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Old 26th August 2010, 12:37 AM   #1
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Default 0.8 ohm drivers

Has anyone ever heard of this before? I bought a few 10" sub woofers of very reputable name and proceeded to cook the 5th channel of my amp. I thought it was overheating due to lack of air space around it. come to find out, it was the 1.3 ohm impedance of the two subs wired in parallel that I thought was going to be 2 ohms. After I cooked my amp, I checked the impedance of all of the drivers that are not in enclosures to find each measuring 0.8 of an ohm. A check of the two in my truck resulted in the same reading. I only have an old Fluke model 77 for my testing needs, so, I can't do a whole lot. I am going to need some advise with the amp repair in the near future but, for now. 0.8 ohm drivers????
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Old 26th August 2010, 12:46 AM   #2
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1.3 ohm DCR is what you would expect of a nominal 2 ohm speaker. 0.8 for a 1 ohm speaker.

I've not run into woofers with this low an impedance.

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Old 26th August 2010, 12:48 AM   #3
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Old 26th August 2010, 03:59 AM   #4
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My only guess is custom drivers for competition, or botched repairs. A wall of 10" subs divided into sets of 3 and wired in series, driven by some 1 or 2 ohm stable amps would be feasible and not too unpractical. Any other thoughts?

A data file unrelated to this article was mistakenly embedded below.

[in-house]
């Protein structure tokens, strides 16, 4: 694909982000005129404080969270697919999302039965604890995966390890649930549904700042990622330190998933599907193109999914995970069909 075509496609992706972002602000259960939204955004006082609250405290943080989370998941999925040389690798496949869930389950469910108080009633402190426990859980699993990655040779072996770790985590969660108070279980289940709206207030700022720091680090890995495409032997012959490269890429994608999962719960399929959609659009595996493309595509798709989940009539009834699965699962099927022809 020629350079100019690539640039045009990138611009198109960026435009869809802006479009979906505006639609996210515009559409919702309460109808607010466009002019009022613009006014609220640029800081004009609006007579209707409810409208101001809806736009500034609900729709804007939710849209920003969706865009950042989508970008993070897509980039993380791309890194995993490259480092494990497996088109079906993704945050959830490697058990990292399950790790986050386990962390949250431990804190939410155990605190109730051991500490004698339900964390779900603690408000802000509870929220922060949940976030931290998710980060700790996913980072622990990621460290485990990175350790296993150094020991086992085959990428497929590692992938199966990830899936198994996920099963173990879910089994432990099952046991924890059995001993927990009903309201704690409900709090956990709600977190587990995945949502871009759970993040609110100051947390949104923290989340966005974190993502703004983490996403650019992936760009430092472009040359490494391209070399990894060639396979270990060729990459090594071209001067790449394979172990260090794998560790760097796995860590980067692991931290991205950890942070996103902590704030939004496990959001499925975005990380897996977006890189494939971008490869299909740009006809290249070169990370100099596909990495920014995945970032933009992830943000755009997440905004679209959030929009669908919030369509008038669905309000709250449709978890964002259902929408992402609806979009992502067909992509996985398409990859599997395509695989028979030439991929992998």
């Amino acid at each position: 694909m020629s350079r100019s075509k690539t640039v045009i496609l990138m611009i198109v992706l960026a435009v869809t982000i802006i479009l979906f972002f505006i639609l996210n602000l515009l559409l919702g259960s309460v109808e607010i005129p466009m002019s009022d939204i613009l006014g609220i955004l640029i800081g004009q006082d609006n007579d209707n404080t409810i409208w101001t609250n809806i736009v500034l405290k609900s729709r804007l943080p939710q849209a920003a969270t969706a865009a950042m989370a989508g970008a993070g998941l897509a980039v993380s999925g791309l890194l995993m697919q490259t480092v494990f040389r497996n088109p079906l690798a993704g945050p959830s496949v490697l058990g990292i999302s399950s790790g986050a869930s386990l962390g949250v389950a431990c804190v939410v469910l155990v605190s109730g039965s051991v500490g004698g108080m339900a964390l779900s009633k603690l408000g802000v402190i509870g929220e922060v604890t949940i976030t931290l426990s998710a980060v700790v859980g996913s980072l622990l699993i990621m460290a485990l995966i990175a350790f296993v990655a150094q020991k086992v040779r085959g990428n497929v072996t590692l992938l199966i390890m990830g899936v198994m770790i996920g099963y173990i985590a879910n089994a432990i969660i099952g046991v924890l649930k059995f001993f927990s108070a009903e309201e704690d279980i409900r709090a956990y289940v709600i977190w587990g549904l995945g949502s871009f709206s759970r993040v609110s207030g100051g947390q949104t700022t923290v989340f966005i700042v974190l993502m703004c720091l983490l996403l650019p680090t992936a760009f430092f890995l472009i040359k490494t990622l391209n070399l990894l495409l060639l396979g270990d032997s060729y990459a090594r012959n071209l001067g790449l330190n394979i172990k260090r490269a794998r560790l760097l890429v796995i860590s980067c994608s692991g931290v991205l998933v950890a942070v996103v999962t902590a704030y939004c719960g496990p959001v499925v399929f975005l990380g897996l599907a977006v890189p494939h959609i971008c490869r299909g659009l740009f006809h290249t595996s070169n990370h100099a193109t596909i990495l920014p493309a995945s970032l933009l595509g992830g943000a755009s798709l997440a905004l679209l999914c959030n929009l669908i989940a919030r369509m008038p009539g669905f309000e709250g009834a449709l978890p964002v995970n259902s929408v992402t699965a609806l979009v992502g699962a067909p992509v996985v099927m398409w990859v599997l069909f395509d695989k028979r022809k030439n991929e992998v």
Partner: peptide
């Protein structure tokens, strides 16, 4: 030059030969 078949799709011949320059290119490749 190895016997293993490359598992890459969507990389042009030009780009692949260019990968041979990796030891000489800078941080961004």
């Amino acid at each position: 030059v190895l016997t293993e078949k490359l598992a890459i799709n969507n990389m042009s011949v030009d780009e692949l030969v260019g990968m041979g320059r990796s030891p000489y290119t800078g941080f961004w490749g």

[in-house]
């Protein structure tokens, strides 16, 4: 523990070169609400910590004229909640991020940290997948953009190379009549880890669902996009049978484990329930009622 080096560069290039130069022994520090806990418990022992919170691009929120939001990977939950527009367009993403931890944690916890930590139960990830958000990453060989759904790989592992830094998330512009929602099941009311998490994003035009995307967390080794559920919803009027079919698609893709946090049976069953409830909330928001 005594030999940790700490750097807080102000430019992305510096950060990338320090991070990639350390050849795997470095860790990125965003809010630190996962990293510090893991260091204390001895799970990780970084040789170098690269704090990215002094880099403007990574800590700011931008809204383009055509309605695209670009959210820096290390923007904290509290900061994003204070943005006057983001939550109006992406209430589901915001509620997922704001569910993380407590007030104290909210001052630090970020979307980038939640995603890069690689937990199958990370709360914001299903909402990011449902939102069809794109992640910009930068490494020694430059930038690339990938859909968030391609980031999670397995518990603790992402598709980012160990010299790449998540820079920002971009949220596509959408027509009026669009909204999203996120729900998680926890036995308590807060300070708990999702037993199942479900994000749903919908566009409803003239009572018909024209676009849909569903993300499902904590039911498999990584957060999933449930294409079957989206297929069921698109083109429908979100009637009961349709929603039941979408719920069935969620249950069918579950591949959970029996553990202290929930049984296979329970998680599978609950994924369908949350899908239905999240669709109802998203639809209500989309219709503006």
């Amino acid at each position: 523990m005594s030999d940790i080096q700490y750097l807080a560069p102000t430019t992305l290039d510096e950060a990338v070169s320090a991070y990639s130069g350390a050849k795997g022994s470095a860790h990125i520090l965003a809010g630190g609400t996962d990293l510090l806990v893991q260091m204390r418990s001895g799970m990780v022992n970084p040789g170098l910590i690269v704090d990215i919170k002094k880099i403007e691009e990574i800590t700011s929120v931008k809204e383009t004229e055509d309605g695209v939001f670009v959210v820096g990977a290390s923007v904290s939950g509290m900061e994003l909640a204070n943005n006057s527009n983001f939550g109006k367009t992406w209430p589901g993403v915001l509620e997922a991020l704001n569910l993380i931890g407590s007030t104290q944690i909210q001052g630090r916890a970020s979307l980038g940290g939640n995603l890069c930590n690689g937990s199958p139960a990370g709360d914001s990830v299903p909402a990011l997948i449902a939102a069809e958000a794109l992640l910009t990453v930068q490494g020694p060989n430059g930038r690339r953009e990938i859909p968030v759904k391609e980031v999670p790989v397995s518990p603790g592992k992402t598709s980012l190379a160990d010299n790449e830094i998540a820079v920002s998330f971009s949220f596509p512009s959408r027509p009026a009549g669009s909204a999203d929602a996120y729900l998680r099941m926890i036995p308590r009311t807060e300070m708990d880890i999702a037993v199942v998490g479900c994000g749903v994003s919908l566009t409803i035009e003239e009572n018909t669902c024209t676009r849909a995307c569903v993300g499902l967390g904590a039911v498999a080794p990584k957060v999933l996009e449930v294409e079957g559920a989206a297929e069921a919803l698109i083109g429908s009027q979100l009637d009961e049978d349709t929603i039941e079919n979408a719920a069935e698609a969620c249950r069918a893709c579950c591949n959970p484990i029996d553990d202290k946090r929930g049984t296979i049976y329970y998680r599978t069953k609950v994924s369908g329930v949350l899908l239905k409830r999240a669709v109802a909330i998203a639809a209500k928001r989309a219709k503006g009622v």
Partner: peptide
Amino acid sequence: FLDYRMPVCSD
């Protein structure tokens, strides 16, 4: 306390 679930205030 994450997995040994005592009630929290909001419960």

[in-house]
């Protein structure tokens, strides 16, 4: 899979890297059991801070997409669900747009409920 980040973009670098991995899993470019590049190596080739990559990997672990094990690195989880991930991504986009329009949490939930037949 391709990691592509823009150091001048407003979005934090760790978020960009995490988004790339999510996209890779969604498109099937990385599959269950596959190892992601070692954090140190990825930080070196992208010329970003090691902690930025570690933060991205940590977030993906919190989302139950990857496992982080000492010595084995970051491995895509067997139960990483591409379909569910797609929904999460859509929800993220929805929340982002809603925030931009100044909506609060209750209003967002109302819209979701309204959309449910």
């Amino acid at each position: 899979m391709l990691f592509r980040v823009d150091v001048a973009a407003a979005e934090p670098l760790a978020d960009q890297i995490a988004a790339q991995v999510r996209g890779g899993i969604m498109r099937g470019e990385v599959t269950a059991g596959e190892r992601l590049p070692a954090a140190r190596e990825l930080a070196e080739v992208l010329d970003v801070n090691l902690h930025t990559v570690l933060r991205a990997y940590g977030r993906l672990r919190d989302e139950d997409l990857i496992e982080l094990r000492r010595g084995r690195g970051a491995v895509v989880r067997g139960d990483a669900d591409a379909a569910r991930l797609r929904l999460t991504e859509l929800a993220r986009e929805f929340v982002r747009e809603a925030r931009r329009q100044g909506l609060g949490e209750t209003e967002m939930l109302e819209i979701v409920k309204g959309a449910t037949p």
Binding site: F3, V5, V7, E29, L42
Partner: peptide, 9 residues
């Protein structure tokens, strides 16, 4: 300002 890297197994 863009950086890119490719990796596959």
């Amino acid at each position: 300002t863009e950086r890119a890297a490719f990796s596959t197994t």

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Old 26th August 2010, 04:24 AM   #5
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I have a general question. Normally a person would check a mid range speaker with an impedance meter using a 1Khz (or higher) tone, but because a sub woofer operates at lower frequencies, is there a standard tone used for sub woofers? 100 hz perhaps?
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Old 27th August 2010, 01:20 AM   #6
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Quote:
Originally Posted by xinstalr View Post
Has anyone ever heard of this before? I bought a few 10" sub woofers of very reputable name and proceeded to cook the 5th channel of my amp. I thought it was overheating due to lack of air space around it. come to find out, it was the 1.3 ohm impedance of the two subs wired in parallel that I thought was going to be 2 ohms. After I cooked my amp, I checked the impedance of all of the drivers that are not in enclosures to find each measuring 0.8 of an ohm. A check of the two in my truck resulted in the same reading. I only have an old Fluke model 77 for my testing needs, so, I can't do a whole lot. I am going to need some advise with the amp repair in the near future but, for now. 0.8 ohm drivers????
Try measuring just your test leads. Mine are 0.4 Ohm. You could have drivers with shorted VC. Can you provide the make / Model no.

Terry
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Old 27th August 2010, 01:34 AM   #7
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You almost certainly have a shorted coil. It's probably very borwn and flaky. Does it rub in the gap? I'm pretty sure you can zero the lead resistance on a 77.